• In one embodiment, the processing system 114 may execute a software application or program, which, upon execution, configures the processing system 114 to perform the various operations disclosed herein. FIG. 9 illustrates an exemplary processing system 900 operable to execute program instructions stored on a computer readable medium. Processing system 900 is operable to perform the above operations by executing programmed instructions stored on computer readable storage medium 912. In this regard, embodiments of the invention can take the form of a computer program accessible via computer readable medium 912 providing program code for use by a computer (e.g., processing system 900) or any other instruction execution system. For the purposes of this description, computer readable storage medium 912 can be anything that can contain or store the program for use by the computer (e.g., processing system 900).
  • Computer readable storage medium 912 can be an electronic, magnetic, optical, electromagnetic, infrared, or semiconductor device. Examples of computer readable storage medium 912 include a solid state memory, a magnetic tape, a removable computer diskette, a random access memory (RAM), a read-only memory (ROM), a rigid magnetic disk, and an optical disk. Current examples of optical disks include compact disk - read only memory (CD-ROM), compact disk-read/write (CD-R/W), and DVD.
  • Processing system 900, being suitable for storing and/or executing the program code, includes at least one processor 902 coupled to program and data memory 904 through a system bus 950. Program and data memory 904 can include local memory employed during actual execution of the program code, bulk storage, and cache memories that provide temporary storage of at least some program code and/or data in order to reduce the number of times the code and/or data are retrieved from bulk storage during execution.
  • Input/output or I/O devices 906 (including but not limited to keyboards, displays, pointing devices, etc.) can be coupled with other components of processing system 900 either directly or through intervening I/O controllers. Network adapter interfaces 908 may also be integrated with the system to enable processing system 900 to become coupled to other data processing systems or storage devices through intervening private or public networks. Modems, cable modems, IBM Channel attachments, SCSI, Fibre Channel, and Ethernet cards are just a few of the currently available types of network or host interface adapters. Presentation device interface 910 may be integrated with the system to interface to one or more presentation devices, such as printing systems and displays for presentation of presentation data generated by processor 902.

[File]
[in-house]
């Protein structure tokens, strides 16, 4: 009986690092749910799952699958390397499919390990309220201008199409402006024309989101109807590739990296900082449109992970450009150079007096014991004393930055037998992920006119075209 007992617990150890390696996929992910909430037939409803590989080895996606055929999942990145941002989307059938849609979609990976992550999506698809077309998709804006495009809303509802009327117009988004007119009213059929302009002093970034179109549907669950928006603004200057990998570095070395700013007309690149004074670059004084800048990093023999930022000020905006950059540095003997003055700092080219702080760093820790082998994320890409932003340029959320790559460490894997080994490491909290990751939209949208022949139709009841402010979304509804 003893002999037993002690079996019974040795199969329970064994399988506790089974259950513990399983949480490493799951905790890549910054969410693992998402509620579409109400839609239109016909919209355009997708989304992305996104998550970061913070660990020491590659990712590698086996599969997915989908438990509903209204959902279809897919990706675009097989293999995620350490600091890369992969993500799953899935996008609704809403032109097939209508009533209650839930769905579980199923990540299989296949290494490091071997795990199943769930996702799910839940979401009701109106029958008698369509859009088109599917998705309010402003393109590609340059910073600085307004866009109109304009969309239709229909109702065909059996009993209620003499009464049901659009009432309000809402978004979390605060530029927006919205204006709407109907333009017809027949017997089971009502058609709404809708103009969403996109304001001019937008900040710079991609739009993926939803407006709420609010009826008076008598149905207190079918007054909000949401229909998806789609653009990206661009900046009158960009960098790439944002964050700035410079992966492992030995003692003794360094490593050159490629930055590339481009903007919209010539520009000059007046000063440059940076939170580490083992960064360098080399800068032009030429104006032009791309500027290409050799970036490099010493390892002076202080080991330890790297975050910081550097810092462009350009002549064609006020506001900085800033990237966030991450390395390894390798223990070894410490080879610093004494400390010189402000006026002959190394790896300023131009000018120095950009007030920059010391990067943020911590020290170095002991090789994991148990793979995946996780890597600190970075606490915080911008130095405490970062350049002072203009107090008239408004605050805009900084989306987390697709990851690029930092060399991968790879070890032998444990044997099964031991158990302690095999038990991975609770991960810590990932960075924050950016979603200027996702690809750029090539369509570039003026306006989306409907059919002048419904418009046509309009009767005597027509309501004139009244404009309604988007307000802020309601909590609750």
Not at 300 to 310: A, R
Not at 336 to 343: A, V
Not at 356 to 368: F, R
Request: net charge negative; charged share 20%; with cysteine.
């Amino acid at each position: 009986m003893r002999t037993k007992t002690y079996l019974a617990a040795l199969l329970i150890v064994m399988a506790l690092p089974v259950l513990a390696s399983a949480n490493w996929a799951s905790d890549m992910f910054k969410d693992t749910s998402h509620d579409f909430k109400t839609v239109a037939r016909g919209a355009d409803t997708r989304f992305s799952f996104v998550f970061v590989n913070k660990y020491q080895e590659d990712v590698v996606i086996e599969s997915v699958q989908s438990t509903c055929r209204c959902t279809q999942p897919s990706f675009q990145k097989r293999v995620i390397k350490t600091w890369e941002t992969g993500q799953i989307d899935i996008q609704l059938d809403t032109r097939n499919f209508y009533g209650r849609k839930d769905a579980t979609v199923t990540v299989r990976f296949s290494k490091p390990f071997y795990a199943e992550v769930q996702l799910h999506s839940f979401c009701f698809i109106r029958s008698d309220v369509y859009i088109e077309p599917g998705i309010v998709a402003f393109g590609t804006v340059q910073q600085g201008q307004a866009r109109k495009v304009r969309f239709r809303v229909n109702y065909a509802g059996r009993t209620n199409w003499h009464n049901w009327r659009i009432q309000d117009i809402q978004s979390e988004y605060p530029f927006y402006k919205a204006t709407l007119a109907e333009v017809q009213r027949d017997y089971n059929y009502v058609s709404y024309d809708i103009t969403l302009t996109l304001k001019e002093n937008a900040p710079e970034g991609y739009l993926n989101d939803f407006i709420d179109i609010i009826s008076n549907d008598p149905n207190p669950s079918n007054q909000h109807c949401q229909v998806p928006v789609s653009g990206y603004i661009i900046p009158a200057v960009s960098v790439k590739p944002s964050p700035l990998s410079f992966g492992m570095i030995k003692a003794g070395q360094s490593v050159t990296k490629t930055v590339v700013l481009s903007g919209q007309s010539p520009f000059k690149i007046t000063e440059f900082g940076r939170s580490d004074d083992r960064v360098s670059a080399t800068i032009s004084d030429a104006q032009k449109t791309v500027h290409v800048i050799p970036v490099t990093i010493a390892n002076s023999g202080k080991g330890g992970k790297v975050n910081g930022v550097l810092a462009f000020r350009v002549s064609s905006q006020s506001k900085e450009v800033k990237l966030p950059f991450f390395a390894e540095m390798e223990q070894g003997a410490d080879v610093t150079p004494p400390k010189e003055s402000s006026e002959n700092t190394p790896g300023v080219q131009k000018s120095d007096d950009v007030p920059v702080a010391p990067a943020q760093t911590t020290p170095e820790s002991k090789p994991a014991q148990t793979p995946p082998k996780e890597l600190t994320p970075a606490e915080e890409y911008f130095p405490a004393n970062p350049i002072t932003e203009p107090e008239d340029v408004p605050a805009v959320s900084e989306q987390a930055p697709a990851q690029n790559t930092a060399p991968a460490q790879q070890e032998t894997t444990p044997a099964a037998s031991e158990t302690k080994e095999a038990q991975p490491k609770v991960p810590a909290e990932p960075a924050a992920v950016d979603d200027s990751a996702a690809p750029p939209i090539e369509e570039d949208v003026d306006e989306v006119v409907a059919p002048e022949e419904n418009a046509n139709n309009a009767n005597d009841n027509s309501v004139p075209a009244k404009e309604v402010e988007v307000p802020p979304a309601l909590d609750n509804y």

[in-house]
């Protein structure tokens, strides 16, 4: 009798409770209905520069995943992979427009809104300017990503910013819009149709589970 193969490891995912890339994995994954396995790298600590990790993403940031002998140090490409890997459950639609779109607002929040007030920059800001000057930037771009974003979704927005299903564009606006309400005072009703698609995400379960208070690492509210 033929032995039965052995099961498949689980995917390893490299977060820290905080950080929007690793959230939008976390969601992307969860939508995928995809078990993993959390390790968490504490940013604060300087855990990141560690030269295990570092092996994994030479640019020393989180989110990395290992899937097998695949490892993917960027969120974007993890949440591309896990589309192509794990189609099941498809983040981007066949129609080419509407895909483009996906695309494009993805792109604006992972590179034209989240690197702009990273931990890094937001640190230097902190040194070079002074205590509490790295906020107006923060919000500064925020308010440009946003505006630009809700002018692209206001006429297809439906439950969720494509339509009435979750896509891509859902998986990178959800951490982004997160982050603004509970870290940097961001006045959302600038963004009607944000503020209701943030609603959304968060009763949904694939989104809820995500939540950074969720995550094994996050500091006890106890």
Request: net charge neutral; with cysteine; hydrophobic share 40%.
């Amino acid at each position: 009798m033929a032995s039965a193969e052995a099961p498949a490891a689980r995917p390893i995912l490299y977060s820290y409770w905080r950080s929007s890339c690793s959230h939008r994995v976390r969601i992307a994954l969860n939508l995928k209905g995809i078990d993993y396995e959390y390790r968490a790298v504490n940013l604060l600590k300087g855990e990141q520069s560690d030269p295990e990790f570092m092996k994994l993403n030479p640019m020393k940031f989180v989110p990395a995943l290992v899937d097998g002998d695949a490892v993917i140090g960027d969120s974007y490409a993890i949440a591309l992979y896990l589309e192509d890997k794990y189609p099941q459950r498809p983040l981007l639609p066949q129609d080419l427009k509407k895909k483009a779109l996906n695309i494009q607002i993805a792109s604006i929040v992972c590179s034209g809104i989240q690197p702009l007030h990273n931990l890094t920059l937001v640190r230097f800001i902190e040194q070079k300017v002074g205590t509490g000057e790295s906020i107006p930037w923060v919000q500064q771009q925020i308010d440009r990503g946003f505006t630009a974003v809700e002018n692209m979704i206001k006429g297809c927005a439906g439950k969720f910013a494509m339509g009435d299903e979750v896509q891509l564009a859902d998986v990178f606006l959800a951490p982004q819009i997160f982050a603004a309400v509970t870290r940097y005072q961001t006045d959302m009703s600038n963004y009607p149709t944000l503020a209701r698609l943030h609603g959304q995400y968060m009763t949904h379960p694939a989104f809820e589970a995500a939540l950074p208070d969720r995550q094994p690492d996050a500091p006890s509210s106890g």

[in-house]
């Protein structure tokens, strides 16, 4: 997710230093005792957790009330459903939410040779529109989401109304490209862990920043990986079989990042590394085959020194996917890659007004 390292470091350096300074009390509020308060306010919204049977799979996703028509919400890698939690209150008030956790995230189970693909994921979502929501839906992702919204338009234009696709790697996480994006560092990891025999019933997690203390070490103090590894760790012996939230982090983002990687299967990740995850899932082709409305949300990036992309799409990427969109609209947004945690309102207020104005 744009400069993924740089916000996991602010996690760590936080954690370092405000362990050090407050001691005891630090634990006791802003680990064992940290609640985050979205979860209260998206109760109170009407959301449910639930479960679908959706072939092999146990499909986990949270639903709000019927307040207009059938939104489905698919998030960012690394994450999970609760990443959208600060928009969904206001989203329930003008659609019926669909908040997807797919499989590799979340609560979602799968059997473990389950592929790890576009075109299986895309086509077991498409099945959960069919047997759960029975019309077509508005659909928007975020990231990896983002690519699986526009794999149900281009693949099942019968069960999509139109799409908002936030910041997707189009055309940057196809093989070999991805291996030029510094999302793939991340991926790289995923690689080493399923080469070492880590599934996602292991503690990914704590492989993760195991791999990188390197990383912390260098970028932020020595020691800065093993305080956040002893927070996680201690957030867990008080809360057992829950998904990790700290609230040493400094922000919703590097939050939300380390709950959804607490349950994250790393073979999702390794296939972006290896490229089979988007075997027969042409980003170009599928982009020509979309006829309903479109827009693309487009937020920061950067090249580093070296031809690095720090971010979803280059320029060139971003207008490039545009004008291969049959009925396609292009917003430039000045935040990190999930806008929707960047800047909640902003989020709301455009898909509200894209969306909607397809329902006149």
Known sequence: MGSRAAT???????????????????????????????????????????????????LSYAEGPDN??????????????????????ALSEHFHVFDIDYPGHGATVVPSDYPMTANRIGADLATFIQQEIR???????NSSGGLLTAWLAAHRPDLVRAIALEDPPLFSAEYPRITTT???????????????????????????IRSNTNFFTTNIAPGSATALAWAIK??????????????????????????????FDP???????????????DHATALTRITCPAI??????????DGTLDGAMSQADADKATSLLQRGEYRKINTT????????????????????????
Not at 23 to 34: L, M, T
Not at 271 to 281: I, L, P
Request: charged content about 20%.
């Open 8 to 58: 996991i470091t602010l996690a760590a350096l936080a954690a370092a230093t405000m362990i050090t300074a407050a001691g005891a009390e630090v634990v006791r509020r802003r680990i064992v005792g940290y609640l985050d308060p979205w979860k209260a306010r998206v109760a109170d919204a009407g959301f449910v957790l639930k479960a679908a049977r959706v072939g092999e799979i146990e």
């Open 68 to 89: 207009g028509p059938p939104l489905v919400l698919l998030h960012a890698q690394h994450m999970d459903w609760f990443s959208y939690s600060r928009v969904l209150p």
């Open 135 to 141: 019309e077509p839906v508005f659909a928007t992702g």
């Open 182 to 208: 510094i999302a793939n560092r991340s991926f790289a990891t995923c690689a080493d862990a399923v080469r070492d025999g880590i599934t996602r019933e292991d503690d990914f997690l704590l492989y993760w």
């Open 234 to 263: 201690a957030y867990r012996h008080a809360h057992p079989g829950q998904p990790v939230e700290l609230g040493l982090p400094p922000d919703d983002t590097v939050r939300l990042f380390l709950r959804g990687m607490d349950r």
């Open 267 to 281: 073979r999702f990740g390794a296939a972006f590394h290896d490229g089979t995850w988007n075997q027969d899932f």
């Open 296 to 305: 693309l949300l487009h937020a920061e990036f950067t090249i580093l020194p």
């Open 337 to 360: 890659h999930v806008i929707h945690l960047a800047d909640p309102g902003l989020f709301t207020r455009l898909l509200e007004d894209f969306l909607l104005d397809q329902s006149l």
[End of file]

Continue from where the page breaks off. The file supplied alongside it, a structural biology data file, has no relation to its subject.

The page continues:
• Although specific embodiments were described herein, the scope of the invention is not limited to those specific embodiments. The scope of the invention is defined by the following claims and any equivalents thereof.

Claims (20)

1. A system comprising:
a memory storing a Graphical User Interface (GUI) template, the GUI template including information identifying data fields and indicating locations for the data fields on a screen; and
a processing system operable to display the data fields identified by the GUI template on the screen at the locations indicated by the GUI template, to retrieve a record from a database, and to populate the data fields on the screen with data from the record,
the processing system further operable to move a data field to a new location on the screen based on input from a user while the data field is populated with data from the record, and to update a location for the data field indicated by the GUI template to specify the new location.
2. The system of claim 1 wherein:
moving the data field to the new location changes the position of the data field relative to other data fields on the screen.
3. The system of claim 1 wherein:
the processing system is further operable to receive user input clicking on the data field, dragging the data field, and releasing the data field, and
the processing system is further operable to determine the new location based on where the user input drags the data field.